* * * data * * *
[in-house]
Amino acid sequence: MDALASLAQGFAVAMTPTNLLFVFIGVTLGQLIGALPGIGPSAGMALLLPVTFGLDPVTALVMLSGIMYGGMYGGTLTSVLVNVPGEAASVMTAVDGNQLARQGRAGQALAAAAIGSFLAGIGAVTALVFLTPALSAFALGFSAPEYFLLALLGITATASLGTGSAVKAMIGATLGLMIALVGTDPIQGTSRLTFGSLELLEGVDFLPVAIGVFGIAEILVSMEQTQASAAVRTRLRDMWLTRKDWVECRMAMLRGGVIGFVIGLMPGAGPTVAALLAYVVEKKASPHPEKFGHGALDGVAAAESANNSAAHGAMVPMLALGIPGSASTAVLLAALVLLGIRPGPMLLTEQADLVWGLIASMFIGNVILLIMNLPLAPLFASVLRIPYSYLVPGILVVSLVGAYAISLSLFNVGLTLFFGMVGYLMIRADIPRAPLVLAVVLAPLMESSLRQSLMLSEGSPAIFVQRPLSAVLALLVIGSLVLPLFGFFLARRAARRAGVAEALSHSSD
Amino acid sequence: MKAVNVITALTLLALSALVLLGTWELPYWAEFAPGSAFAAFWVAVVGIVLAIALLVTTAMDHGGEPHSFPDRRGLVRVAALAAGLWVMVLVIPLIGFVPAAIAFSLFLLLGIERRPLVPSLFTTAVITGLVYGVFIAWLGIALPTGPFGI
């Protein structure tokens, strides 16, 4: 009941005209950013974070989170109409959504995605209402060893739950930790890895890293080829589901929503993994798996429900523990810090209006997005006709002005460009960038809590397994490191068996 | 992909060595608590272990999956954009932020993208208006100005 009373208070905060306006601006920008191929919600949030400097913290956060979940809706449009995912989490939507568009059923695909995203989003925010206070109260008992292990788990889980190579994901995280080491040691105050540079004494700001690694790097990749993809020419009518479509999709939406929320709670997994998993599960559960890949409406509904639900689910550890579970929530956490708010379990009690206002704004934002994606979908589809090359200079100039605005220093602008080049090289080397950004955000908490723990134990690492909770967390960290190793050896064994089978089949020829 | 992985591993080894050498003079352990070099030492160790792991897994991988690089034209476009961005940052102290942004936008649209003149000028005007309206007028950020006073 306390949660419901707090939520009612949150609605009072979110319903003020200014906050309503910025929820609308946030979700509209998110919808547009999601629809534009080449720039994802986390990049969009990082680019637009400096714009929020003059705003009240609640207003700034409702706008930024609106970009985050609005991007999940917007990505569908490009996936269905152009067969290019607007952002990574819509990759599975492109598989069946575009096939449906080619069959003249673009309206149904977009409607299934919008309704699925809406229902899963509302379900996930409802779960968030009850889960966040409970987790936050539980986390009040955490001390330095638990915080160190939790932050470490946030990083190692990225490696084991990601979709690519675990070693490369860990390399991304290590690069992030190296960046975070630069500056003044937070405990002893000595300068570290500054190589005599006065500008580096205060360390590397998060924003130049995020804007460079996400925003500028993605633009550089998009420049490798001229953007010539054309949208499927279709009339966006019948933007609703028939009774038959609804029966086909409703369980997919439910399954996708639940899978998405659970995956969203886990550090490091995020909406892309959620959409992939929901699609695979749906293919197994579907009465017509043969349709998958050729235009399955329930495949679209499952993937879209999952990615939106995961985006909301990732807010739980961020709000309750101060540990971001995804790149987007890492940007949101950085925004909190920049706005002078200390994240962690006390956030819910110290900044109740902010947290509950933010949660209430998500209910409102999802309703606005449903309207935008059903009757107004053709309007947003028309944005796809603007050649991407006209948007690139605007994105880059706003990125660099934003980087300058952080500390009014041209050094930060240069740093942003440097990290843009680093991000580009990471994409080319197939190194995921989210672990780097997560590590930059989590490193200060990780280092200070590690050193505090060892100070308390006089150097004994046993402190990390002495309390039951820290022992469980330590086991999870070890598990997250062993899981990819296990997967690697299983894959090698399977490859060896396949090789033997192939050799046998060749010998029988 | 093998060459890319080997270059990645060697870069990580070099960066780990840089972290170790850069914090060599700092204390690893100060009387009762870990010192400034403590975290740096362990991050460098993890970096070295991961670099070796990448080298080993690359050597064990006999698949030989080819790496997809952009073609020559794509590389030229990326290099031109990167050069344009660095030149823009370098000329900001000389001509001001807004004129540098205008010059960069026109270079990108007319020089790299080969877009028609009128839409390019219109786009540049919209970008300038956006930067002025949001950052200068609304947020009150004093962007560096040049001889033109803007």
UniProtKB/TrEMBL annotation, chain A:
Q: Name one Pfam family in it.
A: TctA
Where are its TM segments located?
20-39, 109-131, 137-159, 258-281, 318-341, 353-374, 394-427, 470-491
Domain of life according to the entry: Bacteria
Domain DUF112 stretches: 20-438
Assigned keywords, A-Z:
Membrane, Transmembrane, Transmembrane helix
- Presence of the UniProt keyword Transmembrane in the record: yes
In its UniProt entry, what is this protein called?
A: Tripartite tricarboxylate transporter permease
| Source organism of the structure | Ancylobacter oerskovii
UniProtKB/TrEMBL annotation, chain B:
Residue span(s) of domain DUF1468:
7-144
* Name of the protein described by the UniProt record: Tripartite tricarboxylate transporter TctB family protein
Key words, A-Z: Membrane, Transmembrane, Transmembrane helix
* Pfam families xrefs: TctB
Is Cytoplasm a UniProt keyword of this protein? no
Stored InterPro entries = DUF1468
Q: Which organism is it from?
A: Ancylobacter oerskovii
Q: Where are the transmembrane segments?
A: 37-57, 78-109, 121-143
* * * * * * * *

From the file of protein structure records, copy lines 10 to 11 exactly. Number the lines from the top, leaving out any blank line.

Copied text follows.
Domain of life according to the entry: Bacteria
Domain DUF112 stretches: 20-438